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STOLEN CAR RECOVERED INTACT AFTER 37 YEARS

 
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editor
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PostPosted: Sat Mar 22, 2008 6:42 pm    Post subject: STOLEN CAR RECOVERED INTACT AFTER 37 YEARS Reply with quote

FROM FORUM IN THE USA - Thursday , March 20, 2008
==============================================

After 37 years a Los Angeles man may finally get his stolen Mustang back.

Eugene Brakke was recently told by the San Diego Police Department auto theft unit that his 1965 Mustang was found in their city, the San Diego Union-Tribune reported.

In 1970 Brakke reported it stolen and filed a report with the Burbank Police Department, the newspaper reported.

Police told the newspaper that a San Diego woman was given the Mustang as a high school graduation gift from her father in 1970. When she recently tried to sell it, she learned it was stolen.

But, according to the woman, it is unclear if Brakke wants to car back, because he told her it is "just not the same," the newspaper reported.

According to the story in the LA times, the guy was "a young, single guy" who drove the car to work and parked it in the lot at the Lockheed plant in Burbank, Calif, in May, 1970. When he got off work, the car was gone.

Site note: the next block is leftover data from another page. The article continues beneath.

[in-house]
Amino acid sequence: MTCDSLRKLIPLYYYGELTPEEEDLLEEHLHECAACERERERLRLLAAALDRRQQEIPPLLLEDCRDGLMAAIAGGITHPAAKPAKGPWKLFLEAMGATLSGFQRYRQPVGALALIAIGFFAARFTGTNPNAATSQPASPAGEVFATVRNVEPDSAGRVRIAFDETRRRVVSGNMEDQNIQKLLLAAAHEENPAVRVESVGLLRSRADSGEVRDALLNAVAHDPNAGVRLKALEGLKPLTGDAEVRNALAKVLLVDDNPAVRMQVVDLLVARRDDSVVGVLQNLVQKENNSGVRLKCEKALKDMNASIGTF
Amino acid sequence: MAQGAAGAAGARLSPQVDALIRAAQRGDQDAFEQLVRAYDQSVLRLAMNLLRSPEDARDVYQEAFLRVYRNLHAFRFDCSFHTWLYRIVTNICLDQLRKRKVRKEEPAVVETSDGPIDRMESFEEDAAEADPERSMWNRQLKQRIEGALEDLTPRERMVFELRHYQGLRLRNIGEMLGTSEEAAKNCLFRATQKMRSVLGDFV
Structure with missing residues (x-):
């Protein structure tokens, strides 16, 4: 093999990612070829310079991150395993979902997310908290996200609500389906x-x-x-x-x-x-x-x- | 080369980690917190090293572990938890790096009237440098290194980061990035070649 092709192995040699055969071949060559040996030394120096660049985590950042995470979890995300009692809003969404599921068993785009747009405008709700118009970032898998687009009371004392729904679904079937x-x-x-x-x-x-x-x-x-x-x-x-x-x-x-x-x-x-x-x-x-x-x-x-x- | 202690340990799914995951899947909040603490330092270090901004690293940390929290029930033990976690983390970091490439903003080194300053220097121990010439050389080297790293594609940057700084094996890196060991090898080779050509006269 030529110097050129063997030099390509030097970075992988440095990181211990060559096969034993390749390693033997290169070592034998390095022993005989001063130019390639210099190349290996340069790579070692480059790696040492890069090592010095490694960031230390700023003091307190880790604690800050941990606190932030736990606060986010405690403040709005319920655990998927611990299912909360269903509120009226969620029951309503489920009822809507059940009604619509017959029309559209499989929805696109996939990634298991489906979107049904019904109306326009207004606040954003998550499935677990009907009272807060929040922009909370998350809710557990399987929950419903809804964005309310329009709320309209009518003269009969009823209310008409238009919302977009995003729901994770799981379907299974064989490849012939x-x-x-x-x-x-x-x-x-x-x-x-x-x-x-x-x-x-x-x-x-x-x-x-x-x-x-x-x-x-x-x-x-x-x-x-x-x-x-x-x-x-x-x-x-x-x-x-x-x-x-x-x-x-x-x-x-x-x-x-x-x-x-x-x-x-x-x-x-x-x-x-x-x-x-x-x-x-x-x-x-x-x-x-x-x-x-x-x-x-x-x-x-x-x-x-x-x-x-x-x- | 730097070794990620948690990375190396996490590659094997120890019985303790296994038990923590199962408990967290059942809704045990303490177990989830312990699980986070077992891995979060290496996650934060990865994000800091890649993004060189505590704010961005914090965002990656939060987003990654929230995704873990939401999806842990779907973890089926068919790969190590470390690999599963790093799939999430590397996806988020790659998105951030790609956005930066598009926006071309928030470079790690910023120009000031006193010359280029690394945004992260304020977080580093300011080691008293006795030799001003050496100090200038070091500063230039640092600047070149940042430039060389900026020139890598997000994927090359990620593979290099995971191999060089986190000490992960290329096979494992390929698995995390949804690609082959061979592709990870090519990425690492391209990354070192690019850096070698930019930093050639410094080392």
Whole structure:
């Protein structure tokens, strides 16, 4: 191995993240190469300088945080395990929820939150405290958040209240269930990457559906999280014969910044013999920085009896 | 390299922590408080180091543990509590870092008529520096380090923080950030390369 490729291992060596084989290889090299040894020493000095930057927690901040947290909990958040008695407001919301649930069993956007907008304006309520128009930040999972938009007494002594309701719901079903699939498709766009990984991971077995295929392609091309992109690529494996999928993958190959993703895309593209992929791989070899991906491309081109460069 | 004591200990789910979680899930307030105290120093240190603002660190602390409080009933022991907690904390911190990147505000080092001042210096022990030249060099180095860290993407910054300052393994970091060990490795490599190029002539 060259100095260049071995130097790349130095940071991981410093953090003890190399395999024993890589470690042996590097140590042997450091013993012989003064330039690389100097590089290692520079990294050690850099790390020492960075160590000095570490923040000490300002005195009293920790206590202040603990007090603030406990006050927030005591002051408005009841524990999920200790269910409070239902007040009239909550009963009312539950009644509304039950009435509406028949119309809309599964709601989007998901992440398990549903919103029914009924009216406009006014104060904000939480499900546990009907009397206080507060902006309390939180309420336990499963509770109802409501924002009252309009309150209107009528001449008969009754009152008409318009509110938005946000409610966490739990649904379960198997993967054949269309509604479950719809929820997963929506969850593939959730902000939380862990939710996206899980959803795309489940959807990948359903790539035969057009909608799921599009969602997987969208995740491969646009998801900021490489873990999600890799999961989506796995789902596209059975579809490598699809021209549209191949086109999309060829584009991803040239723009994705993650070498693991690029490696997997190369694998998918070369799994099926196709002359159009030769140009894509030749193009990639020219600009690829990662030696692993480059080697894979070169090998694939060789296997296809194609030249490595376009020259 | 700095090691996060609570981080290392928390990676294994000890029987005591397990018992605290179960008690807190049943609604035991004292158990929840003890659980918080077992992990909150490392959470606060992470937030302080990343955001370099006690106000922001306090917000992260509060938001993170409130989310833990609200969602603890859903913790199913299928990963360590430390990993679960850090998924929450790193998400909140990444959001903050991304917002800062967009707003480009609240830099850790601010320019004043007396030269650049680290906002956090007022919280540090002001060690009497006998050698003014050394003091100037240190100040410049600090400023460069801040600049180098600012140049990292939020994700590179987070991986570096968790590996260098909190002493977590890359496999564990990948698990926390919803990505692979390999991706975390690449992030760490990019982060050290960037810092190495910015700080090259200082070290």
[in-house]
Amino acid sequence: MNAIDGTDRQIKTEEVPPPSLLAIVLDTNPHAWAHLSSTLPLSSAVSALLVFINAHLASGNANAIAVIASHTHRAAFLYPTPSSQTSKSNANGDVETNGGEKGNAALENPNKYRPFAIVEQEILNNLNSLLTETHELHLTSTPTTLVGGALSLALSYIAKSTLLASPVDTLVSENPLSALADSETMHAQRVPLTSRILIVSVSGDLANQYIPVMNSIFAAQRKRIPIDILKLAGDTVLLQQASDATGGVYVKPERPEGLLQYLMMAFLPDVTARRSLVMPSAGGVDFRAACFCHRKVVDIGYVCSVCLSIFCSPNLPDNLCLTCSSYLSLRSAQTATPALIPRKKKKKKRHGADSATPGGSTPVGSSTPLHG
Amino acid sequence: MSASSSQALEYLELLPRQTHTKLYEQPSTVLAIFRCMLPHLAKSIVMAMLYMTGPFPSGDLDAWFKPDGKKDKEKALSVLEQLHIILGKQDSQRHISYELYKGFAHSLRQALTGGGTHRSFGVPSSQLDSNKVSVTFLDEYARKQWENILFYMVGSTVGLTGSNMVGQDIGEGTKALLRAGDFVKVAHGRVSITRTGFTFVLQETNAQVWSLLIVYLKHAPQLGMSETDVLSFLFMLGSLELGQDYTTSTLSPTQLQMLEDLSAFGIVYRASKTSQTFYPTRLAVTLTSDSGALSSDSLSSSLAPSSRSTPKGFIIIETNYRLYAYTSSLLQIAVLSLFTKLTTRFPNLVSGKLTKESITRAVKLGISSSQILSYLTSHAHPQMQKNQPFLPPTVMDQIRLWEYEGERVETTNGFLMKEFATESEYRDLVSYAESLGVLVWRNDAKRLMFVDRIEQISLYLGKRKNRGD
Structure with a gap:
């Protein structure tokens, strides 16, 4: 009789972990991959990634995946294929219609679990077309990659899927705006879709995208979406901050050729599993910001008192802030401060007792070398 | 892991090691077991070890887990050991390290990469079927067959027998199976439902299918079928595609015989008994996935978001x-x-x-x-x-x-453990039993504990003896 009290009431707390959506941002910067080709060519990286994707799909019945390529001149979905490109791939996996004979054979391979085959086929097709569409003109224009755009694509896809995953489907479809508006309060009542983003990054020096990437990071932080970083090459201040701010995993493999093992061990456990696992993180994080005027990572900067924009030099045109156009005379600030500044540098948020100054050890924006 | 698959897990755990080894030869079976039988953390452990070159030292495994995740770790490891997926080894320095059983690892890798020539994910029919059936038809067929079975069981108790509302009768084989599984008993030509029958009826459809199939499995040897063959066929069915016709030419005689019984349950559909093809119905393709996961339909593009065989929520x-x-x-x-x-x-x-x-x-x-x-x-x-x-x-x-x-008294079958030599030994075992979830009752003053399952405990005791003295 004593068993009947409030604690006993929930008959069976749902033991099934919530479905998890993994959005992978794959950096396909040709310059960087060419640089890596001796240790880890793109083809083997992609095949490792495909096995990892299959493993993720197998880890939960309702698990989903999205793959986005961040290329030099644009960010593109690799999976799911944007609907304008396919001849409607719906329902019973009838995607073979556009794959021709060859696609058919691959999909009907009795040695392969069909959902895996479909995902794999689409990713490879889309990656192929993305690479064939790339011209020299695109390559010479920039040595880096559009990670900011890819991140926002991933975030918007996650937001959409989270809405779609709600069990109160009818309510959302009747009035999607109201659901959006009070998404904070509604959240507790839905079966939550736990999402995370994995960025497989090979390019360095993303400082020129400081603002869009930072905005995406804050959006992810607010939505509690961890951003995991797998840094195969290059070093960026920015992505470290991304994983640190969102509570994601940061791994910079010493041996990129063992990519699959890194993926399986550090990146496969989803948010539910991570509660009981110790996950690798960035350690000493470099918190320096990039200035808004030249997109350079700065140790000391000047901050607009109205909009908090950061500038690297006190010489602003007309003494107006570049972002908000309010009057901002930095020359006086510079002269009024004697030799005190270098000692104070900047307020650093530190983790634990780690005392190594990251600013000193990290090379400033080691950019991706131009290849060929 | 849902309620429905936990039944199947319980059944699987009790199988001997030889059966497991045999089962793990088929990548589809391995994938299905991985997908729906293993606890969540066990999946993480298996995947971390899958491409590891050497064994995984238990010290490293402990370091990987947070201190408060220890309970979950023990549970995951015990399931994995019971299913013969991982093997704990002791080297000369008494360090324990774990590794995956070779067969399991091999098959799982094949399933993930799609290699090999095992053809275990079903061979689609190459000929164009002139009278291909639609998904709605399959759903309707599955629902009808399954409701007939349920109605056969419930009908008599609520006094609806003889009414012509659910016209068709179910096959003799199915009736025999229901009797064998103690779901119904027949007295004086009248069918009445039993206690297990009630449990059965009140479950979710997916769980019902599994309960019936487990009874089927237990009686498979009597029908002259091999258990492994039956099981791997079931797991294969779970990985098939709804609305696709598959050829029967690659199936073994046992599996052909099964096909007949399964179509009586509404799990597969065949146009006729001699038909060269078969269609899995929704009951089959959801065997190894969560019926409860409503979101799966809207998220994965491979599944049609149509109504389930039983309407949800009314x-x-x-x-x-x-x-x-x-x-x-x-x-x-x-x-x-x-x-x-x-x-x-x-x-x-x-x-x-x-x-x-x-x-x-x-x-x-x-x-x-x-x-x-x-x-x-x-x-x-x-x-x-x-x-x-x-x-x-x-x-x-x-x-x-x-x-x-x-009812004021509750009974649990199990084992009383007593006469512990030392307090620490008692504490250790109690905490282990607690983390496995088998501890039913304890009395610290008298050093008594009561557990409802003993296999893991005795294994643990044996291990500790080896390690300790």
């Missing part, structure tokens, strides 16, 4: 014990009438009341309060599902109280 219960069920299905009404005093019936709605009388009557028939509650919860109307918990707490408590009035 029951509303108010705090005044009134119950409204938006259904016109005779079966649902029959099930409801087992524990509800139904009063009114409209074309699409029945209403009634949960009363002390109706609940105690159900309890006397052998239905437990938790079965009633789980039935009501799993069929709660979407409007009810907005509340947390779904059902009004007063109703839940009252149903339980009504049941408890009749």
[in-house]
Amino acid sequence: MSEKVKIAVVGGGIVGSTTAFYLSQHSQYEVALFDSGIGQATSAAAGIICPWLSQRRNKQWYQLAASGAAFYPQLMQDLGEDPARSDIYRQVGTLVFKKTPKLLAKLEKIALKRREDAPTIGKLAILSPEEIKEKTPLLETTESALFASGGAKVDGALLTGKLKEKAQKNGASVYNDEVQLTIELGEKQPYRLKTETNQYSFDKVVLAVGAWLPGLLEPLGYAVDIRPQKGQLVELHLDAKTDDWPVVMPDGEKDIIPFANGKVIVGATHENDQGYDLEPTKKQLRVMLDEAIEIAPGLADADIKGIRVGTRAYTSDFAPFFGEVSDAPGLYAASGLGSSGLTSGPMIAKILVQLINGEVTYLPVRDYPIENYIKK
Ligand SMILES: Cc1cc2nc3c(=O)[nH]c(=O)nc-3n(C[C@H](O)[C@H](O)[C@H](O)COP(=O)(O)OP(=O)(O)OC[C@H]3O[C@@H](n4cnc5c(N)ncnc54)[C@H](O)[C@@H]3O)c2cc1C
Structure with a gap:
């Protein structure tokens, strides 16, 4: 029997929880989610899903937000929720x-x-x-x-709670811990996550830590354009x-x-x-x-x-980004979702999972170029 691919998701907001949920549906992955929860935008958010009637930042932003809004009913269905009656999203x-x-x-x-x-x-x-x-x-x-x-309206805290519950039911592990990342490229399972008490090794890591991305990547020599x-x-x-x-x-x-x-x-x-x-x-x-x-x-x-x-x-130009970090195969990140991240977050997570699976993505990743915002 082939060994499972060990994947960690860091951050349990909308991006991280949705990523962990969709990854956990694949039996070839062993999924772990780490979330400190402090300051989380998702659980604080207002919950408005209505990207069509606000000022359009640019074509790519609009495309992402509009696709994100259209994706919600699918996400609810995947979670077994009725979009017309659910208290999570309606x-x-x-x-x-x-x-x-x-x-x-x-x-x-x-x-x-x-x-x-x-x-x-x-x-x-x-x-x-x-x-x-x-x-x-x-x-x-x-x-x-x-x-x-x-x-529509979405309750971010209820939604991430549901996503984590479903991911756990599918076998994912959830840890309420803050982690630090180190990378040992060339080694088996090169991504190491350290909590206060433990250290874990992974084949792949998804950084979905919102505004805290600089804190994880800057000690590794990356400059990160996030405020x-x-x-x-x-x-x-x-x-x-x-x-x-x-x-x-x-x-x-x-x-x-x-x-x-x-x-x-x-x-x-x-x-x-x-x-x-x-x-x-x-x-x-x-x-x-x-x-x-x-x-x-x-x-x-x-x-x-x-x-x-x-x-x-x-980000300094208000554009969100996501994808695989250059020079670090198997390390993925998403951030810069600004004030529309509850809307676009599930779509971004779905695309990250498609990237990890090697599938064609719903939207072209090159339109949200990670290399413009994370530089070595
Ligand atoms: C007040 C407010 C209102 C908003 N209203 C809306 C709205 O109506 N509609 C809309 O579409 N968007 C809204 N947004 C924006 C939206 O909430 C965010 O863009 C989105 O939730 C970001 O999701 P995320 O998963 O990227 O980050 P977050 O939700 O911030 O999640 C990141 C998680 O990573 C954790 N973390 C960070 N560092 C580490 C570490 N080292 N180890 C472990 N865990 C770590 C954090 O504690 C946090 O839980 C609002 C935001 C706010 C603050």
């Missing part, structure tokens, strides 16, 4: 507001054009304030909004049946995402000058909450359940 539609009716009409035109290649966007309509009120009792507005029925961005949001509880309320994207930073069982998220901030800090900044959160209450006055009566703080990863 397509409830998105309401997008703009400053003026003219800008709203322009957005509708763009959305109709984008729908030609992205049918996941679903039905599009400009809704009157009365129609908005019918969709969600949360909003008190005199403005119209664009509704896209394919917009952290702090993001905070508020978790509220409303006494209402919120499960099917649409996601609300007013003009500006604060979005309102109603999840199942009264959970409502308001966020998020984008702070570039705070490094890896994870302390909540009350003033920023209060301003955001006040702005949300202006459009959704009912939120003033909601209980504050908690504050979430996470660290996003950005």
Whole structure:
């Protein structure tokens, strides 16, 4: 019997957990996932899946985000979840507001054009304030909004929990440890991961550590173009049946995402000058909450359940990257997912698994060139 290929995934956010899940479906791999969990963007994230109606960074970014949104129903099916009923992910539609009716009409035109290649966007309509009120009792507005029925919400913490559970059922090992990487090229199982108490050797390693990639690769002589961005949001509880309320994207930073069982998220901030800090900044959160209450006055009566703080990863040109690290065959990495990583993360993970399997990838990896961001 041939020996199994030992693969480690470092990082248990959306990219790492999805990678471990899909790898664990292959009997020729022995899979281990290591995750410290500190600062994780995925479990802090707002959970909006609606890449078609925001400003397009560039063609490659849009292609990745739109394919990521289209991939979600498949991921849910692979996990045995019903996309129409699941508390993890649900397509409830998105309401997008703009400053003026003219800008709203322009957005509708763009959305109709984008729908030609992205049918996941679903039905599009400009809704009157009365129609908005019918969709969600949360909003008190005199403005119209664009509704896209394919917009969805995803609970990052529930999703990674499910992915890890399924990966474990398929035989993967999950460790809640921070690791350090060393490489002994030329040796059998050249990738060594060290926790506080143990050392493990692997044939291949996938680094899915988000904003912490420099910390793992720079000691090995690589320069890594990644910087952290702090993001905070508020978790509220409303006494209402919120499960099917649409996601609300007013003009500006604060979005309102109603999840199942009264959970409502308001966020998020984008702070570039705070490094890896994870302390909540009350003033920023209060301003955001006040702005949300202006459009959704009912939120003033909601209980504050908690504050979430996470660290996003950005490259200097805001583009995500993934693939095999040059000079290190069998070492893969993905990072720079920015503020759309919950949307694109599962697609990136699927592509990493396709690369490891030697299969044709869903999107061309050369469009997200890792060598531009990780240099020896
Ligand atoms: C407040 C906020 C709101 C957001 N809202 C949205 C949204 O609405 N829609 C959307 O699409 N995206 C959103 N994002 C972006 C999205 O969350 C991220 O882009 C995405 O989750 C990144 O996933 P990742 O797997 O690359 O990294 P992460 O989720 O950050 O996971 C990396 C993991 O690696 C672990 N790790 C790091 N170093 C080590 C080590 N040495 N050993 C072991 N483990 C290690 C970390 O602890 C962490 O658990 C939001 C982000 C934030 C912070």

A man bought the car from a used car lot one week later, and gave it to his now 55 year old daughter for a High School graduation present. He paid $1,114.00 from a lot in Bellflower. She has owned it since. it has been painted twice over the years, and just had the engine rebuild for the second time. A neighbor was looking at the car with the intent of purchasing it. He discovered the VIN tag on the door didn't match the one in the engine compartment. The lady notified the San Diego PD, and they gave the car a clean bill of health. The two tags still bothered her, so she contacted the DMV. One tag identified the car as having been built in San Jose, the other said it was built in Dearborn.

After contacting the DMV, she was contacted by detectives who informed her the car was stolen and they had identified the rightful owner.

The real owner purchased it painted "Honey Gold. He stated if he decides to keep it, he will have it repainted back to original.
The lady is sad, since she has owned it since she was 18, and recently spent over $4000. in restoration. It looks very nice, as far as you can tell on TV.

I'm sure it will have a happy ending. I'm predicting the ol' guy will do the right thing. Maybe he will will it to her in 20 years when he passes on..!


Last edited by editor on Tue Mar 25, 2008 2:54 pm; edited 1 time in total
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tudorchev



Joined: 17 Dec 2007
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PostPosted: Sat Mar 22, 2008 7:53 pm    Post subject: Reply with quote

That's a great story Ed. But I hope the same thing doesn't happen when my daughter graduates Shocked But then again the car she will get wont have that horrible blue oval on the front. Laughing
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editor
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PostPosted: Mon Mar 24, 2008 8:34 am    Post subject: Reply with quote

Here is a much longer version of the Stolen Car Story:

===============================================